[1-19] Explanation of Don't Know / Don't Care nondeterminism

> Could anybody give me the definitions of committed choice, don't
> know, and don't care nondeterminism, please?

Don't know/don't care nondeterminism:
If I say to a class of students ``Write all your names on this piece of
paper'' then I know that I want ALL the names, but I don't KNOW which
ORDER they will be written in.

If I say to a class of students ``One of you must clean the board
before the lesson'' then I only want ONE of them to do it, and I don't
CARE who.

Or, in an operating system, when I save a file in the editor, I don't
care which particular block of the disk the file is written on. But
once the OS has started writing the file to one block, I don't want it
to change its mind half-way through -- I want it to COMMIT to the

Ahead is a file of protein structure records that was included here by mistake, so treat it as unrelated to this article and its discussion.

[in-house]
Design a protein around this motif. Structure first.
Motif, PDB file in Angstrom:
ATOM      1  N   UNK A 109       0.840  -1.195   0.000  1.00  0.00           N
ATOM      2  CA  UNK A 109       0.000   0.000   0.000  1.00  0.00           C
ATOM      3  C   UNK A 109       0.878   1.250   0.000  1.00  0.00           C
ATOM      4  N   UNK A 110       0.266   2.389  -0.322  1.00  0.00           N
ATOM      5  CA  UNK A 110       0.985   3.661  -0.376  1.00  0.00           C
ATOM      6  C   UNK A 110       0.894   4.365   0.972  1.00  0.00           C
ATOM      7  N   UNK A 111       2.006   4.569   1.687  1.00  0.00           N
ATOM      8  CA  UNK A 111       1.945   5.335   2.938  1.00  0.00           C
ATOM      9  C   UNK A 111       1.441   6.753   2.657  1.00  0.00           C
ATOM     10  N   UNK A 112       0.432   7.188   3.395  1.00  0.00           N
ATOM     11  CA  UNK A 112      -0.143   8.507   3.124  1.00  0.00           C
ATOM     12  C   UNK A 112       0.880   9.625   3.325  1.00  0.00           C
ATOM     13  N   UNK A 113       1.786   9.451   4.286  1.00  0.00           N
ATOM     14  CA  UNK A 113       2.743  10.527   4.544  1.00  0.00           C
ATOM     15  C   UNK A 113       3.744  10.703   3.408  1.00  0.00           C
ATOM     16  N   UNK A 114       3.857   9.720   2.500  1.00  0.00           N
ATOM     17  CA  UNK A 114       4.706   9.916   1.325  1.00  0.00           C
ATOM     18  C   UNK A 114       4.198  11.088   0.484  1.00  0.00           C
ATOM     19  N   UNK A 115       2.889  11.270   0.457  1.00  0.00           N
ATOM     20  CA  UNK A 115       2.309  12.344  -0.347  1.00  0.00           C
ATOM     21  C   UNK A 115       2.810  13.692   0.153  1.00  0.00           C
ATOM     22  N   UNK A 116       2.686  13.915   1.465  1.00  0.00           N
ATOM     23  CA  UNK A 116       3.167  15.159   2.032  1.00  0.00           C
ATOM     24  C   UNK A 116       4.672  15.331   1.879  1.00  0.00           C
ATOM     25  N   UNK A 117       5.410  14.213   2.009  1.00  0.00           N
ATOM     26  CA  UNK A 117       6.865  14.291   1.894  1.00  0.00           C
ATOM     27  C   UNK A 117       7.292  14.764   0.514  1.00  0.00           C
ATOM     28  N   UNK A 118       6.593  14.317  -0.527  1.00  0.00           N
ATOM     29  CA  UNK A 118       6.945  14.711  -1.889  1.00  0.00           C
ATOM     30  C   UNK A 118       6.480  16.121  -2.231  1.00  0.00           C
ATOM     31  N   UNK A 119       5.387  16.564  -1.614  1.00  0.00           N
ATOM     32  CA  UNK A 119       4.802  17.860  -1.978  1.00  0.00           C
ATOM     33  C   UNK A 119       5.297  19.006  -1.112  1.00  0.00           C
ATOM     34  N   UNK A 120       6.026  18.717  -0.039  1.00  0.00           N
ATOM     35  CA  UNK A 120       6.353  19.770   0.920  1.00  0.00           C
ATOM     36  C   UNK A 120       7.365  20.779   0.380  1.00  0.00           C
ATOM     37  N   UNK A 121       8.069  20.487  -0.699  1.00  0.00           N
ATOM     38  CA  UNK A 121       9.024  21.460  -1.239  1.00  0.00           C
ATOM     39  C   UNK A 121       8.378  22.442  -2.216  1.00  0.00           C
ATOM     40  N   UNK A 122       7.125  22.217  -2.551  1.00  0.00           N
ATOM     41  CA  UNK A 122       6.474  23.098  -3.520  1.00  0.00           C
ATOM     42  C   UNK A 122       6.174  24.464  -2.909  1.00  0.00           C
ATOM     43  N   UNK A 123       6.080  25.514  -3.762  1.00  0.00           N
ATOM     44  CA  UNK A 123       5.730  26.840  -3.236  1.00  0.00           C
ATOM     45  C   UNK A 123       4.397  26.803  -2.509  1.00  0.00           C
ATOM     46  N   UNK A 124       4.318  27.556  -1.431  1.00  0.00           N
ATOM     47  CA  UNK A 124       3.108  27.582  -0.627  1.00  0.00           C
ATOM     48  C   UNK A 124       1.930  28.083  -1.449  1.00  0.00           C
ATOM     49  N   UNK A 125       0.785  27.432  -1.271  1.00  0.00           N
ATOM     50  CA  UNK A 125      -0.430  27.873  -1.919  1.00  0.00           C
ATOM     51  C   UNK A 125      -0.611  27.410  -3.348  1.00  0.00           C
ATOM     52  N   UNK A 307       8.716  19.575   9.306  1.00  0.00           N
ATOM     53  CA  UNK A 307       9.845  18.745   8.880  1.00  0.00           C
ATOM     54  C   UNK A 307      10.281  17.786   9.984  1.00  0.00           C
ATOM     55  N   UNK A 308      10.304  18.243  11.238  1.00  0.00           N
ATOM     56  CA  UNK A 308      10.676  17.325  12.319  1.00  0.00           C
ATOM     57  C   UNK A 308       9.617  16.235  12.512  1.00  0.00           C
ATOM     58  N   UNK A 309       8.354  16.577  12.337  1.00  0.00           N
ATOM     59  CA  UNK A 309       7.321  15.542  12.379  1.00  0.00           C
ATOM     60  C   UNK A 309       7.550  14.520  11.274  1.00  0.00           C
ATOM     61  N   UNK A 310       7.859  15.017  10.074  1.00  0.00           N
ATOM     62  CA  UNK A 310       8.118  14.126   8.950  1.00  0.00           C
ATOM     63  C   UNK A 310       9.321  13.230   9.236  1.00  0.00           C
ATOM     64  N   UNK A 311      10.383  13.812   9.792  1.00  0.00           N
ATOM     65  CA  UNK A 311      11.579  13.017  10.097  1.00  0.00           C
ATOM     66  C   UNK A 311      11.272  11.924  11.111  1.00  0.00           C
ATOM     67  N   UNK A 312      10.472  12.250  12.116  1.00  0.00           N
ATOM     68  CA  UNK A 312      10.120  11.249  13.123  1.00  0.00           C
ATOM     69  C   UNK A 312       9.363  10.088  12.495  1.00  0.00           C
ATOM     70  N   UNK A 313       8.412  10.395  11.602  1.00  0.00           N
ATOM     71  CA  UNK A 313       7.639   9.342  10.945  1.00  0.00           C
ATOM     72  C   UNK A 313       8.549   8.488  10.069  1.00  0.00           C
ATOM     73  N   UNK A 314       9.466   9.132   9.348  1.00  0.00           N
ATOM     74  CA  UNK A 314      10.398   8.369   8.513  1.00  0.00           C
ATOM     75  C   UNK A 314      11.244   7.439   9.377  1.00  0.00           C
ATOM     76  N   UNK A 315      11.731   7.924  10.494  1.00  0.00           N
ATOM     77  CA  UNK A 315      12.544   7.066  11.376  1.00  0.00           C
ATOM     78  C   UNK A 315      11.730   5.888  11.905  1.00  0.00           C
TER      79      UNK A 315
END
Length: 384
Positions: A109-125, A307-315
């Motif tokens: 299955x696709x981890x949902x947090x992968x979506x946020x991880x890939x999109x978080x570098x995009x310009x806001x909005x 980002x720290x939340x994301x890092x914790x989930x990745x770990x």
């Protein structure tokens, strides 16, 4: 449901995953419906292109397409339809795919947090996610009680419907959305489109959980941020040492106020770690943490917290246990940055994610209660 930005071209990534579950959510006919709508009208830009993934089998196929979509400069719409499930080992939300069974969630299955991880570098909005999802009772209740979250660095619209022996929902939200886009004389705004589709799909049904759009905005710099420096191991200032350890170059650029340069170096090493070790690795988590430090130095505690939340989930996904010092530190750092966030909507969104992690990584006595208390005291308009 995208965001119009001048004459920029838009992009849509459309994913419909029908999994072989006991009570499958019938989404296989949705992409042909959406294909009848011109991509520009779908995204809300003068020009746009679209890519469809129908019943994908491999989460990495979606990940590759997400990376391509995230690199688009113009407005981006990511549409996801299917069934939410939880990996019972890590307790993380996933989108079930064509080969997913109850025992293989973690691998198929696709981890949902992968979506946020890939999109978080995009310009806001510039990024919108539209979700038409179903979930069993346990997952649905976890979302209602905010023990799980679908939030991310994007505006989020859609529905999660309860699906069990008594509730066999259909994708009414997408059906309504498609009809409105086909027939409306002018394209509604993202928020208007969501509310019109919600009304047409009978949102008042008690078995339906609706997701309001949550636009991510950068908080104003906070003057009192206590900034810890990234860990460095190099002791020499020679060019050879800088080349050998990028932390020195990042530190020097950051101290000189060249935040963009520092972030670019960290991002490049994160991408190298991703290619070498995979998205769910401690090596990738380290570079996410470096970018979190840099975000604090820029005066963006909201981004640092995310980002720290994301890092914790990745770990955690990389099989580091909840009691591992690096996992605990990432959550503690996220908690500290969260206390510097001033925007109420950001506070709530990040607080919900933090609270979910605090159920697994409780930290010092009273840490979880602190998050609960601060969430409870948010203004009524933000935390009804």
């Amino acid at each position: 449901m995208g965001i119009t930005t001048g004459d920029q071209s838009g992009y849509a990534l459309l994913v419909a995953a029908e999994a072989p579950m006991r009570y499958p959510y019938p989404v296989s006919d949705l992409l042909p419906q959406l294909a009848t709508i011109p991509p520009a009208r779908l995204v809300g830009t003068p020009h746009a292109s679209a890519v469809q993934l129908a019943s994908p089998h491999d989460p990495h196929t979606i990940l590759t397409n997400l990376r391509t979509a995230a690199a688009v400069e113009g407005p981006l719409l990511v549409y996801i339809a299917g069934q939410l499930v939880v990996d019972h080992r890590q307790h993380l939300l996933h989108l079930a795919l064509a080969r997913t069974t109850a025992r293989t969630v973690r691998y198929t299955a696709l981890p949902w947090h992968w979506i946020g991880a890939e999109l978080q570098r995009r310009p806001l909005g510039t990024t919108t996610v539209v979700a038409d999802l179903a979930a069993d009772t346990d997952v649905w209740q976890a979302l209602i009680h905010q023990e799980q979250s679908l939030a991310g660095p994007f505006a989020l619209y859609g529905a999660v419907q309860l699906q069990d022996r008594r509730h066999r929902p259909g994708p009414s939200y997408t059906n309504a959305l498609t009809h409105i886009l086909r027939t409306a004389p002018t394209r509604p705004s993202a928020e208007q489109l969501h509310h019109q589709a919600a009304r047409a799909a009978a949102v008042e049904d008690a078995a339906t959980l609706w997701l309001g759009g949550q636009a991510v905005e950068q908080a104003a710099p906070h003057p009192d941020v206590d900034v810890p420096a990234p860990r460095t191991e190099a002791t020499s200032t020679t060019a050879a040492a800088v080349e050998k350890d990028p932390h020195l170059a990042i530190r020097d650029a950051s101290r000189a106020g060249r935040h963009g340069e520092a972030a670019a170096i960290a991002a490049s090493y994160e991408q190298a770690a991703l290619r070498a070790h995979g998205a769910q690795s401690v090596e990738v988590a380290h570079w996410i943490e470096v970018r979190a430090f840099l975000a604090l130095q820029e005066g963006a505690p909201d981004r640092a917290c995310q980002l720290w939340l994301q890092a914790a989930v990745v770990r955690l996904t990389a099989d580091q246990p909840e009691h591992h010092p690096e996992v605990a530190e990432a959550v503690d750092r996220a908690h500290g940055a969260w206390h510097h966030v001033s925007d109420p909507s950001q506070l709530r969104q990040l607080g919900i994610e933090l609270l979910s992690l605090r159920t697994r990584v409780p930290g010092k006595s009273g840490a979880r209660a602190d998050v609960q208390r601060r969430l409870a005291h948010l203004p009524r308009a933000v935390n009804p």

CHOICE it has made.

So don't know nondeterminism is what you get from Prolog's search rule
whereas don't care nondeterminism (sometimes called `indeterminism') is
what you would expect from an OS, or from ``Committed choice parallel
logic languages'' such as Parlog or FGHC. Committed choice is linked to
the idea of a `guard' or `commit' operator which is like the `cut' in
Prolog (but imagine having to have a cut at the begining of every
clause, so once you have selected it, you are committed to it and there
is no back-tracking).

Committed-choice and don't care --> you lose the link between
declarative (model-theoretic) and operational semantics which is one of
the nice things about Prolog.
Go Back Up

Go To Previous

Go To Next